“Power tends to corrupt, and absolute power corrupts absolutely.” What English writer and historian John Dalberg-Acton said is true. I have absolutely been corrupted, completely and irrevocably, by the McLaren 720S Spider. And it’s all because of the power.
I drove the brand-new supercar on a route that took me from the urban sprawl of Phoenix to the more peaceful surroundings of Payson across some open stretches of highway in Arizona. I learned a lot along the way. But the one fact that overwhelms everything else is that the 4.0-liter turbocharged V8 engine installed in the McLaren 720S Spider feels almost otherworldly powerful.
With a dry weight of 2,937 pounds, the Spider weighs just 108 pounds more than the 720S hardtop. That’s going to have a very small impact on performance, but you won’t feel any difference from behind the wheel — 710 horsepower and 568 pound-feet of torque have a way of masking a few extra pounds.
Foot to the floor, there’s a brief moment right off idle where turbo lag almost makes the 720S Spider’s engine feel like it may be a disappointment. Almost. And then all hell breaks loose. McLaren says the 720S Spider will accelerate from 0-60 in 2.8 seconds on its way to a 10.4-second quarter mile (just 0.1 seconds slower than the coupe) and 212-mph top speed. Drop the top and terminal velocity falls to a positively pedestrian 202.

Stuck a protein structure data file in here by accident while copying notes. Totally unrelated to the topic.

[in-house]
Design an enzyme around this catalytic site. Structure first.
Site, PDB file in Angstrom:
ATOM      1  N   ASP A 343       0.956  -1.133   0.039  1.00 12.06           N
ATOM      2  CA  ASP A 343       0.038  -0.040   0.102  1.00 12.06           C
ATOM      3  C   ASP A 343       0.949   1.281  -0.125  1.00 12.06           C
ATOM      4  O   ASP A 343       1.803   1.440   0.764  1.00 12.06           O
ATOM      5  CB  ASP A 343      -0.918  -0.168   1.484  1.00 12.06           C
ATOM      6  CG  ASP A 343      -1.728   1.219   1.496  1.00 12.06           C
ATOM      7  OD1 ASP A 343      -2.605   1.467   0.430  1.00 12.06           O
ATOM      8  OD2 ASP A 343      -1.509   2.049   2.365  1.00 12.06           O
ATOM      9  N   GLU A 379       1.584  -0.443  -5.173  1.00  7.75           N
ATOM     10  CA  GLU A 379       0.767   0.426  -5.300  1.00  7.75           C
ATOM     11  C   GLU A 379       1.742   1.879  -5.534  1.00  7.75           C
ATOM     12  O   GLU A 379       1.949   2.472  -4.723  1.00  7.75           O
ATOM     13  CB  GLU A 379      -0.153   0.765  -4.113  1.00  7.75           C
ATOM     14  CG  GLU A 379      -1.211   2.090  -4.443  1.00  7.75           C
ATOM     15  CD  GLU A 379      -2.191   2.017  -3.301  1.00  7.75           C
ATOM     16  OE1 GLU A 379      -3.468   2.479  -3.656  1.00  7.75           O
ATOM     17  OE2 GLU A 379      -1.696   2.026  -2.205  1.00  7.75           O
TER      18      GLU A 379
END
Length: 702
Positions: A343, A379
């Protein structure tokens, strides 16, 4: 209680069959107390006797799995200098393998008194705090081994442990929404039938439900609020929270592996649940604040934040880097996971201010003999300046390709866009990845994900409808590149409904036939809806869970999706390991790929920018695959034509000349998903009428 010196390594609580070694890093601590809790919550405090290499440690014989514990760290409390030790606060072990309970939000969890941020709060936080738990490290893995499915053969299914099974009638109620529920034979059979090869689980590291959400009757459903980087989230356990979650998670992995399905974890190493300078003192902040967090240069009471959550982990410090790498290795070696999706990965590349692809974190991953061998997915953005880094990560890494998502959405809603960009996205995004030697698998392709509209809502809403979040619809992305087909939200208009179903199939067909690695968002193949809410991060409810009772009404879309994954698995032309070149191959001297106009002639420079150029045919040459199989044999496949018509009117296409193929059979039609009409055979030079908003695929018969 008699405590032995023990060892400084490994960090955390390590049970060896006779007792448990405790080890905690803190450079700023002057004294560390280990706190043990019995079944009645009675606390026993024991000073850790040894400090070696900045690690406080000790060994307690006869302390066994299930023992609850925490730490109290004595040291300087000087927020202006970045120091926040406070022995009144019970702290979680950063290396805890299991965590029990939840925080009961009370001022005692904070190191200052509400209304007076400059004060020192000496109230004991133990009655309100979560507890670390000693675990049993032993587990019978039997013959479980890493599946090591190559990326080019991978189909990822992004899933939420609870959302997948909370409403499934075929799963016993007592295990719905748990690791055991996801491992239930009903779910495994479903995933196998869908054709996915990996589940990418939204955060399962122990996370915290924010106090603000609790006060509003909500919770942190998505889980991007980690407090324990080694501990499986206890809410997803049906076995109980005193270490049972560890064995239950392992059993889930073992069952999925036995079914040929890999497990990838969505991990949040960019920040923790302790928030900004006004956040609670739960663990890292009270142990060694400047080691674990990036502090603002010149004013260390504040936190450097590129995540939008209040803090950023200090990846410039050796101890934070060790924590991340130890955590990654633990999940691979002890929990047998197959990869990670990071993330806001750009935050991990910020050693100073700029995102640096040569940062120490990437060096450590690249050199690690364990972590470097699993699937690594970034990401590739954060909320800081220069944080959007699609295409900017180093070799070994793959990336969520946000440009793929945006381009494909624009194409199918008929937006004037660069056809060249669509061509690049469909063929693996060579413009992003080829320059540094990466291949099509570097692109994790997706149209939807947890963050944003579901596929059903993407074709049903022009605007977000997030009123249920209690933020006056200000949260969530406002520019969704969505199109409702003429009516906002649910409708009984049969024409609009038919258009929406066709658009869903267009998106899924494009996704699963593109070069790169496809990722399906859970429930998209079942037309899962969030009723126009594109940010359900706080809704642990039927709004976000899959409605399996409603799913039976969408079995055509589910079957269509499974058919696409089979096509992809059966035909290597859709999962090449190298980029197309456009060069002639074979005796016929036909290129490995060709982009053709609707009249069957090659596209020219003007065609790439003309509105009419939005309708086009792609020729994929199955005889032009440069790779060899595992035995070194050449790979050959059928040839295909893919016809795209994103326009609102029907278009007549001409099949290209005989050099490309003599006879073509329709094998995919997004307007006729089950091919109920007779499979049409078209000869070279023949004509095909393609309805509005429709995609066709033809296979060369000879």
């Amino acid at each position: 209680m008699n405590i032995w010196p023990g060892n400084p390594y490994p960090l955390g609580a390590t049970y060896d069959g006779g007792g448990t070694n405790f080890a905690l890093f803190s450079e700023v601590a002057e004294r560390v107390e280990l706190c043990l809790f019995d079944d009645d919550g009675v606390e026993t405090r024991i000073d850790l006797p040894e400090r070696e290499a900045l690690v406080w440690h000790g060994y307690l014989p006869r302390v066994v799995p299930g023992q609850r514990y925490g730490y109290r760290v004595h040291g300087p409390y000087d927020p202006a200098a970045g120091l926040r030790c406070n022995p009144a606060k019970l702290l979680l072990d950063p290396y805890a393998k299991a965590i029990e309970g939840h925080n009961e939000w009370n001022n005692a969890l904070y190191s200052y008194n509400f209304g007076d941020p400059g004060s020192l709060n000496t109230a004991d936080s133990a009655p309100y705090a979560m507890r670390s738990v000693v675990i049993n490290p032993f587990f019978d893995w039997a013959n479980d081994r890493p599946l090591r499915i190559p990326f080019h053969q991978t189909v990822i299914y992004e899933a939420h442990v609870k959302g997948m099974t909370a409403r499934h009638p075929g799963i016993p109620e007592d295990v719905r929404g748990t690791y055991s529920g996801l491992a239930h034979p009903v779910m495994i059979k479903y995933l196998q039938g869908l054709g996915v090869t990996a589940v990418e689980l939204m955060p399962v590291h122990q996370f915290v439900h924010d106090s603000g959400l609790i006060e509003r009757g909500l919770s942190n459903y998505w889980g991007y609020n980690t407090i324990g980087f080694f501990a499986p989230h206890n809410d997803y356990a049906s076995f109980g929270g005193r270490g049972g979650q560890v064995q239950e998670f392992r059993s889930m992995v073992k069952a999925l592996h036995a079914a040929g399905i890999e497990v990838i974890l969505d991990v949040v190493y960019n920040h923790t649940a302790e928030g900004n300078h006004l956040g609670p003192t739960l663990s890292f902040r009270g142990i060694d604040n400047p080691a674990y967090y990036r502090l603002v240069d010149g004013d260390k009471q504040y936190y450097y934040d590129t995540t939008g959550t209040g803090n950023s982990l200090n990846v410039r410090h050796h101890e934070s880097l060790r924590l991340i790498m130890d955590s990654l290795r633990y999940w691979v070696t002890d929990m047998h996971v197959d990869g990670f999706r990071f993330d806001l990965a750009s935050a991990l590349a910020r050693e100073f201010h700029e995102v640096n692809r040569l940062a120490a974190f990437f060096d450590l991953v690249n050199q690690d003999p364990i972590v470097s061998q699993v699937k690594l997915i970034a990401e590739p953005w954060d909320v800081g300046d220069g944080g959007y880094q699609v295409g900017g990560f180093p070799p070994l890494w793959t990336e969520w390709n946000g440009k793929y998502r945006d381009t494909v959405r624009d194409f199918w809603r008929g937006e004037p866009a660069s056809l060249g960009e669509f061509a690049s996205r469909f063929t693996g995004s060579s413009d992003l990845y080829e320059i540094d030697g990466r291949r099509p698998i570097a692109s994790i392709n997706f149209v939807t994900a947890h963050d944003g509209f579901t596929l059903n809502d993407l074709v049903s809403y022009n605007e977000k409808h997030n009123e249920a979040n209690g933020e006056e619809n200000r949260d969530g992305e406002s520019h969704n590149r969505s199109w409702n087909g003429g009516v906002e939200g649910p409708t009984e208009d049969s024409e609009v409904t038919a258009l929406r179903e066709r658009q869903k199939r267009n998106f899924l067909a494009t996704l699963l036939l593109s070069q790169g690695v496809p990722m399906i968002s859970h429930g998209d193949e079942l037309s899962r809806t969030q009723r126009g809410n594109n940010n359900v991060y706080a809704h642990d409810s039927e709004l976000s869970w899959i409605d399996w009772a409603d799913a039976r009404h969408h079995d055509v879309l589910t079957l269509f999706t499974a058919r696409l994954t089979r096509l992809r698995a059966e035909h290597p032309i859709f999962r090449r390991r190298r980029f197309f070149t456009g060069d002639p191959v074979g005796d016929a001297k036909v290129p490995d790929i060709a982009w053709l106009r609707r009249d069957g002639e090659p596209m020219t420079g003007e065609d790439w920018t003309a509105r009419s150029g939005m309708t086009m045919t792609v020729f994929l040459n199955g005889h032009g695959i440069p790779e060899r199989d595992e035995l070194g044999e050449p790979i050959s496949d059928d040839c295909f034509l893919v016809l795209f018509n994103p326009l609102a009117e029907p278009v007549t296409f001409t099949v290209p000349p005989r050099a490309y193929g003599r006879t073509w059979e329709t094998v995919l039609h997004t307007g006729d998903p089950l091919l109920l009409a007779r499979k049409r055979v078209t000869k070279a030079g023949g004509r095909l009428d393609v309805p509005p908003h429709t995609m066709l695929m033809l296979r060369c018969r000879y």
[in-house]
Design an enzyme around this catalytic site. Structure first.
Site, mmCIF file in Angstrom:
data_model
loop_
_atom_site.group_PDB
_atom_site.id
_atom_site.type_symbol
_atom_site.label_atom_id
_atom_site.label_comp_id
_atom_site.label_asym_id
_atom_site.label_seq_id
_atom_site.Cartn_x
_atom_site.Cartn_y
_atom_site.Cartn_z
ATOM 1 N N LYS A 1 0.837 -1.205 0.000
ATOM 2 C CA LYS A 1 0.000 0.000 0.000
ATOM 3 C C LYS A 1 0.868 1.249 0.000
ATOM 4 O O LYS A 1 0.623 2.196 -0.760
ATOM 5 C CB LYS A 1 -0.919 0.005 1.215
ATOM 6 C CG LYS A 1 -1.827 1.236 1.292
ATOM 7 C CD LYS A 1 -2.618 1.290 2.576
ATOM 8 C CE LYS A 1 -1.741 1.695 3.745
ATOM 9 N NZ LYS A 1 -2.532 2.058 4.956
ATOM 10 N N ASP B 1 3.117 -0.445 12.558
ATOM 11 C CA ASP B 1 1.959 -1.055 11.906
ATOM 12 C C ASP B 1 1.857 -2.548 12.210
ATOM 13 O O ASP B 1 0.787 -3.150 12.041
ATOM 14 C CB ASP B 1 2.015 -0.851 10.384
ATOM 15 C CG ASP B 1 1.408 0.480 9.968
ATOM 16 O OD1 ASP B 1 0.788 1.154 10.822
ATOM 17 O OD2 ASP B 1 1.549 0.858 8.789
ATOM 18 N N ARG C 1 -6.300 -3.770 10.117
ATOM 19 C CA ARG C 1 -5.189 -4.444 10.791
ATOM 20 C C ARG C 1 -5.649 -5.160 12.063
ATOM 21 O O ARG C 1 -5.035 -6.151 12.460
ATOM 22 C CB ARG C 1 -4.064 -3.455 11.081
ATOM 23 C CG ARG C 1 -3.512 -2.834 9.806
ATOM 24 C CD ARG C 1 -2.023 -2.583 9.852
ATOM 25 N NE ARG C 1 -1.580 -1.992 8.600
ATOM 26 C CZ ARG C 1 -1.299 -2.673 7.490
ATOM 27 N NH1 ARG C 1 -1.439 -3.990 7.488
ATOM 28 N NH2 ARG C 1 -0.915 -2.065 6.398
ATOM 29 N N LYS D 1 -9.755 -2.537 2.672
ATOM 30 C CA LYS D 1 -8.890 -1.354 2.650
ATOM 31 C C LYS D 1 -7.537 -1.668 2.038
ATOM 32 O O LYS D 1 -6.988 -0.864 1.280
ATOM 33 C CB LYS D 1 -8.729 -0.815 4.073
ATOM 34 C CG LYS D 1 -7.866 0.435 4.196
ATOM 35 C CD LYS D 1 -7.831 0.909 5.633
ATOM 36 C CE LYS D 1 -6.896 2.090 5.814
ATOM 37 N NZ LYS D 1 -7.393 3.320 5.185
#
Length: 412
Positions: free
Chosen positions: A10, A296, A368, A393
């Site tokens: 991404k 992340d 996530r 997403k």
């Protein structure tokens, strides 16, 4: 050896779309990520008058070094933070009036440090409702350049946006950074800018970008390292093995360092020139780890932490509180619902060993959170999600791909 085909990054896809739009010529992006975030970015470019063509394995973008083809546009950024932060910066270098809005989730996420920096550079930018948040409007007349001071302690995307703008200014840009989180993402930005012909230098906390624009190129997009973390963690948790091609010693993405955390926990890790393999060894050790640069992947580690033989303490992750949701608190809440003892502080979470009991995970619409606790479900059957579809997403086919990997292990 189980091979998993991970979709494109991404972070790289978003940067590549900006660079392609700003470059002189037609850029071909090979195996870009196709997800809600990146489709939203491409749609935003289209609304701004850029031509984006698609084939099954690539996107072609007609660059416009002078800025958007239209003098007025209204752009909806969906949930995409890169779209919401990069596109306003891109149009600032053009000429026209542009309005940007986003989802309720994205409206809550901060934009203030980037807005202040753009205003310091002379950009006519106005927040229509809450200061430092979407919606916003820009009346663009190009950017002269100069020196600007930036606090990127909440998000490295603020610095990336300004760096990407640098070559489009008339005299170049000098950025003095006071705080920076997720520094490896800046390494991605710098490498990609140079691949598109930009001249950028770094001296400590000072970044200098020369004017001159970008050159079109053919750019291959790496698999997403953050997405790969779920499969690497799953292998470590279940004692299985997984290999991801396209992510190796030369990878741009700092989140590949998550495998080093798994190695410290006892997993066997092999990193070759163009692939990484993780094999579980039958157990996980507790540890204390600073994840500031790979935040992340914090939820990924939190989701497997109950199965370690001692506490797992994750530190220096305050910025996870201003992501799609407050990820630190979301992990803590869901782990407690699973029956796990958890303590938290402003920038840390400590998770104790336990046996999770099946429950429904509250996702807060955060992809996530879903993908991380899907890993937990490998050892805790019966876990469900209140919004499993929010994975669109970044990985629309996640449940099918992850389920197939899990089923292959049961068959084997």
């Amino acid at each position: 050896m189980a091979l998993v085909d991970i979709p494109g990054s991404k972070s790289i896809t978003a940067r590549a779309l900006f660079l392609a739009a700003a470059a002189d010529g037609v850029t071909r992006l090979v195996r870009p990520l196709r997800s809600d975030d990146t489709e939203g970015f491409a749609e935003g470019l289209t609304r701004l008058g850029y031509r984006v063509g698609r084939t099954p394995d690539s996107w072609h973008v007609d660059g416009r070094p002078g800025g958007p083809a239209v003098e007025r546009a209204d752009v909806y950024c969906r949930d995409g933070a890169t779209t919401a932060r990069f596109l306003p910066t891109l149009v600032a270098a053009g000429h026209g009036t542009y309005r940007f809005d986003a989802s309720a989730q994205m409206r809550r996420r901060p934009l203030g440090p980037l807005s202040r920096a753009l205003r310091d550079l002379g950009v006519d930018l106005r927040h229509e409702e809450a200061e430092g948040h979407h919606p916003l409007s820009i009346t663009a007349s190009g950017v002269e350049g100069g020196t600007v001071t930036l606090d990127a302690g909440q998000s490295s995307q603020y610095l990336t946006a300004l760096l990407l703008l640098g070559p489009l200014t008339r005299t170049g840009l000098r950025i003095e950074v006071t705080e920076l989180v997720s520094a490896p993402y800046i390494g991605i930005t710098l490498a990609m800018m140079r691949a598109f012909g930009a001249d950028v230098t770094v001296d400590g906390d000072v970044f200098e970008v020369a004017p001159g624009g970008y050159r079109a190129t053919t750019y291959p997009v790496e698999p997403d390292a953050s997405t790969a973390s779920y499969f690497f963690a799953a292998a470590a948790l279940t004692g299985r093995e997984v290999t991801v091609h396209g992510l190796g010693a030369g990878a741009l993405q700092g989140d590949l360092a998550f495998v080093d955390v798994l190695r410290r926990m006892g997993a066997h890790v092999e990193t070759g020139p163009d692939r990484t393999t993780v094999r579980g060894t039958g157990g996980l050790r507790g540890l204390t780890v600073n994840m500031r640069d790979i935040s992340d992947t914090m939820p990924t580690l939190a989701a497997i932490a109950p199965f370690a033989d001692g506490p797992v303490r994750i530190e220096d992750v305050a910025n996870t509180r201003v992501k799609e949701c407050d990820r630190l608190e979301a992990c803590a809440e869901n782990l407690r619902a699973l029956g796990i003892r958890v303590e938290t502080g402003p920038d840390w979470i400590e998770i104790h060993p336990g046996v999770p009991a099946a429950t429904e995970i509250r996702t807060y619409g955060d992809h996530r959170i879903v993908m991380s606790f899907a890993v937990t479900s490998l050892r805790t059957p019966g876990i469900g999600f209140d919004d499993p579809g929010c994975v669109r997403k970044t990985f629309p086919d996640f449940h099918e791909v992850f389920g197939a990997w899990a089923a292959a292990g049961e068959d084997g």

With the top in place, I was able to enjoy another cool new feature that isn’t shared with the rest of McLaren’s lineup of Spiders. An electrochromic glass panel can turn mostly transparent or deeply tinted at the touch of a button. The roof, which is paired with a translucent set of flying buttresses just aft of the passenger compartment, offers a feeling of airiness and visibility that is unrivaled among the Spider’s competitive set.
These two vehicles share a whole heck of a lot in common. In fact, all the cars in McLaren’s lineup share a single line of DNA. But the actual experience of driving these two Spiders is overwhelmingly different.
In the end, I walked away thinking that the 600LT Spider may offer the most fun you can have on a race track behind the wheel of a McLaren. But the 720S Spider is the best all-around McLaren that money can buy. There are very few downsides, other than the fact that, at $315,000, I can’t afford one. It’s comfortable, versatile, beautiful, and above all else, stupidly fast.